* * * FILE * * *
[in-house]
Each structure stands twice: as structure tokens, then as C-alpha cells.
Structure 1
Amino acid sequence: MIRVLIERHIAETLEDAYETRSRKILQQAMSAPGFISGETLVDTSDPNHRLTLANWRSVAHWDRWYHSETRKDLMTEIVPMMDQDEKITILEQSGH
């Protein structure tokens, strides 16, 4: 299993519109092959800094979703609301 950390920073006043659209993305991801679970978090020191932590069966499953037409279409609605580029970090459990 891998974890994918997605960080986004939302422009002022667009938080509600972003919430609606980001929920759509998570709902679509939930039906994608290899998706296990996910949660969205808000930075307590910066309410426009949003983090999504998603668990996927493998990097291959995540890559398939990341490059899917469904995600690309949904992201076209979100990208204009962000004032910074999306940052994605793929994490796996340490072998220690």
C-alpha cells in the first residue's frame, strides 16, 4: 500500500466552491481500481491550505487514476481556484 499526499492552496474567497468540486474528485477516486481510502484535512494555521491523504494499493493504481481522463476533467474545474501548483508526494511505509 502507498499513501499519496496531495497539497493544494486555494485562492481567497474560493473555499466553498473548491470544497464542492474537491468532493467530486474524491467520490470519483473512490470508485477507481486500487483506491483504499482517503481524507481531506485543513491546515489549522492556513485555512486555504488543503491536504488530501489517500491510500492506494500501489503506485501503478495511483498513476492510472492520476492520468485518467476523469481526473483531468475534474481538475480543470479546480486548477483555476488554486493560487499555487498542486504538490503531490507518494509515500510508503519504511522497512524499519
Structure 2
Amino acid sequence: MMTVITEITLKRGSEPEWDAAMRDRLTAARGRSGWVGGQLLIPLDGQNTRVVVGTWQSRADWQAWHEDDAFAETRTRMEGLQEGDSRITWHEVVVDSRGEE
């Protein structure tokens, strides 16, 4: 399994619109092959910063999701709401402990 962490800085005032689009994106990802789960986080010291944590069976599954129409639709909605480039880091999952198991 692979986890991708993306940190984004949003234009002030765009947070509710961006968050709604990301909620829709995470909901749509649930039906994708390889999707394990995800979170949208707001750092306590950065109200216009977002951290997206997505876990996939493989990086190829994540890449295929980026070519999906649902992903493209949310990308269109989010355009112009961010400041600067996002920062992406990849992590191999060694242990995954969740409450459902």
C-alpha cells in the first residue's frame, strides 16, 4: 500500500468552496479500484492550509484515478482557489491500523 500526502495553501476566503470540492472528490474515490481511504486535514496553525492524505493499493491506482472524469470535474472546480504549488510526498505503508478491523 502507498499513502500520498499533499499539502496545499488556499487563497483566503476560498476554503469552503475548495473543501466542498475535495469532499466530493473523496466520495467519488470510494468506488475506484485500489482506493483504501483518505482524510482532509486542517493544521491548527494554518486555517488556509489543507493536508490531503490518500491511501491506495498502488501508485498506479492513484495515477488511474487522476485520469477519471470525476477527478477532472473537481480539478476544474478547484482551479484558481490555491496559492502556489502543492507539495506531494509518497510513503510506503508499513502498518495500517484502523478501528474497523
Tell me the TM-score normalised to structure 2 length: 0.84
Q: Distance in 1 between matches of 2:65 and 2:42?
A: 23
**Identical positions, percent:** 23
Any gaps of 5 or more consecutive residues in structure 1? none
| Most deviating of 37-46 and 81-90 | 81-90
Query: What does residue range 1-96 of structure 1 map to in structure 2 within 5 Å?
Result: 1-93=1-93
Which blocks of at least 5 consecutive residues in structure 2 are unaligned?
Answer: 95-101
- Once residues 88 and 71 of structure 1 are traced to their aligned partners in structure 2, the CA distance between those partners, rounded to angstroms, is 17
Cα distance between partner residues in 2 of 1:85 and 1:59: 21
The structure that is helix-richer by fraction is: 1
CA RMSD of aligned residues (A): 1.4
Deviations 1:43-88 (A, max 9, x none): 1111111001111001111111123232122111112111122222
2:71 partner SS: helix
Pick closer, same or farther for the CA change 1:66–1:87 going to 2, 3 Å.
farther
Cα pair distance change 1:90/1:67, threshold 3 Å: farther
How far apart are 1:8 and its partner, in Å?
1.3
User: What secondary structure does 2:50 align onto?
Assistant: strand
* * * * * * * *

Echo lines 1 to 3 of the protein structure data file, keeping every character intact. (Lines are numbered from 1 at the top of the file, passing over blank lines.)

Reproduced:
[in-house]
Each structure stands twice: as structure tokens, then as C-alpha cells.
Structure 1